On the eve of its annual conference, the Society of Editors has welcomed news that the UK is to stage an international conference on media freedom.
Foreign Secretary Jeremy Hunt, writing in the Evening Standard, announced he would be hosting the conference in Britain in 2019.
The Foreign Secretary underscored the UK’s vital role in supporting freedom of the media worldwide and added that defending media freedoms was a key plank of British foreign policy.
Mr Hunt’s announcement came as Reporters Without Borders reported that 65 journalists and media workers had been killed worldwide in 2017.
Mr Hunt’s words were welcomed by the Society of Editor’s executive director Ian Murray who said that it was extremely gratifying that media freedoms were seen as an essential part of a free and democratic society.
“It is important that the UK remains a beacon of freedom of expression and the public’s right to know around the world with a free media at the heart of that message.
“We tend to think of press freedoms as internal, domestic matters, but Britain has a vital global role to play in setting an example for those regimes that restrict the freedoms and basic human rights of their peoples and usually start by attacking and removing independent voices in their societies.
“It is also true, that by acknowledging the UK’s role in this way Mr Hunt is surely signalling that he and the government value the role of the free press here in the UK in holding the powerful to account.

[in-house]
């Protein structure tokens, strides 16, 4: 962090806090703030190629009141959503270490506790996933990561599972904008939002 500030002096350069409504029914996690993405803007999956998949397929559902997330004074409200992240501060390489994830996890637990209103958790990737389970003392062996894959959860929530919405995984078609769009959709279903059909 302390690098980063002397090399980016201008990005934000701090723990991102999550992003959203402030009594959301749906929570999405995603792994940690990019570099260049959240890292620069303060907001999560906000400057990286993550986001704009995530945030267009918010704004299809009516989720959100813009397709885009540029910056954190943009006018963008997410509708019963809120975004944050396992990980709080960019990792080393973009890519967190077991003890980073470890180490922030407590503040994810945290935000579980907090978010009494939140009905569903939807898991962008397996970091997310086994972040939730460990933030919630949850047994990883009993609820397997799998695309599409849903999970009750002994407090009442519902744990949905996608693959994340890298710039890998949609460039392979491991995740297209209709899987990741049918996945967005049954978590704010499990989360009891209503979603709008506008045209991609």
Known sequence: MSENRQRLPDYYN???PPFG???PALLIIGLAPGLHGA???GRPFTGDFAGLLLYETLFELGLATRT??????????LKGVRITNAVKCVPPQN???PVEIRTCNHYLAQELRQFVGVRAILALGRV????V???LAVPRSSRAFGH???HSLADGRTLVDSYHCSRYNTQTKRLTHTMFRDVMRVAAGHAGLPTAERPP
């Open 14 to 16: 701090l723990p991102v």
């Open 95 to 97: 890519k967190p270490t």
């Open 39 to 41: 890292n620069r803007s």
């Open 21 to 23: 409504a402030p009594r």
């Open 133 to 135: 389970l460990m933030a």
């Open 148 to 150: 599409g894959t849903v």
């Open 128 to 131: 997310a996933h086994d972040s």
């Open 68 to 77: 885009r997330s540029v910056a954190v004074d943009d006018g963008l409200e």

Writing in the Evening Standard, Mr Hunt said: I write as a politician and, like many in my profession, I do not always enjoy reading what the newspapers say about me. The media sometimes make mistakes and journalists, being human, are not beyond hyperbole and excess. But none of us would wish to live in a country where newspapers are muzzled or controlled.
“A media willing and able to investigate wrongdoing, expose failures and criticise the mighty, provides one of the strongest defences against corruption and arbitrary state power.”
Sixty-five journalists and media workers were killed worldwide in 2017, according to annual figures published by Reporters Without Borders (RSF).
Among them were 50 professional reporters, the lowest toll in 14 years. However, the downward trend is due at least in part to journalists giving up working in the world’s deadliest spots.
They included Javier Valdez, one of the most prominent chroniclers of Mexico’s deadly drug war, whose murder in May sparked a public outcry.
The 50-year-old AFP contributor was shot dead in broad daylight in the street in the violent northwestern state of Sinaloa.
The overall number of professional reporters slain worldwide, however, fell to its lowest number in 14 years, RSF said.
Of the 65 killed, the report said 39 were murdered, while the rest died in the line of duty collateral victims of deadly circumstances likes air strikes or suicide bombings.
The group said that the drop in the death rate may be because journalists were now being better trained and protected for war zones.
Turkey is the world’s biggest prison for professional journalists, the figures show, with 42 reporters and one media worker behind bars.
The Society of Editors holds its annual conference in Manchester on November 4/5 with the theme: The Trust Factor- And How To Fund It. The society’s annual lecture will be given by Paul Dacre, who stood down as Editor of the Daily Mail this year, with keynote speeches by Secretary of State for Digital, Culture, Media and Sport Jeremy Wright, Editor in Chief of Guardian News & Media Kath Viner and Lloyd Embley, Editor in Chief of Reach Plc – owners of The Mirror newspapers and Daily Express and Daily Star.
More information: societyofeditors.org
Read Jeremy Hunt’s full article in The Evening Standard by visting: www.standard.co.uk/comment/comment/britain-champions-free-speech-so-we-re-leading-the-war-on-fake-news-a3977771.html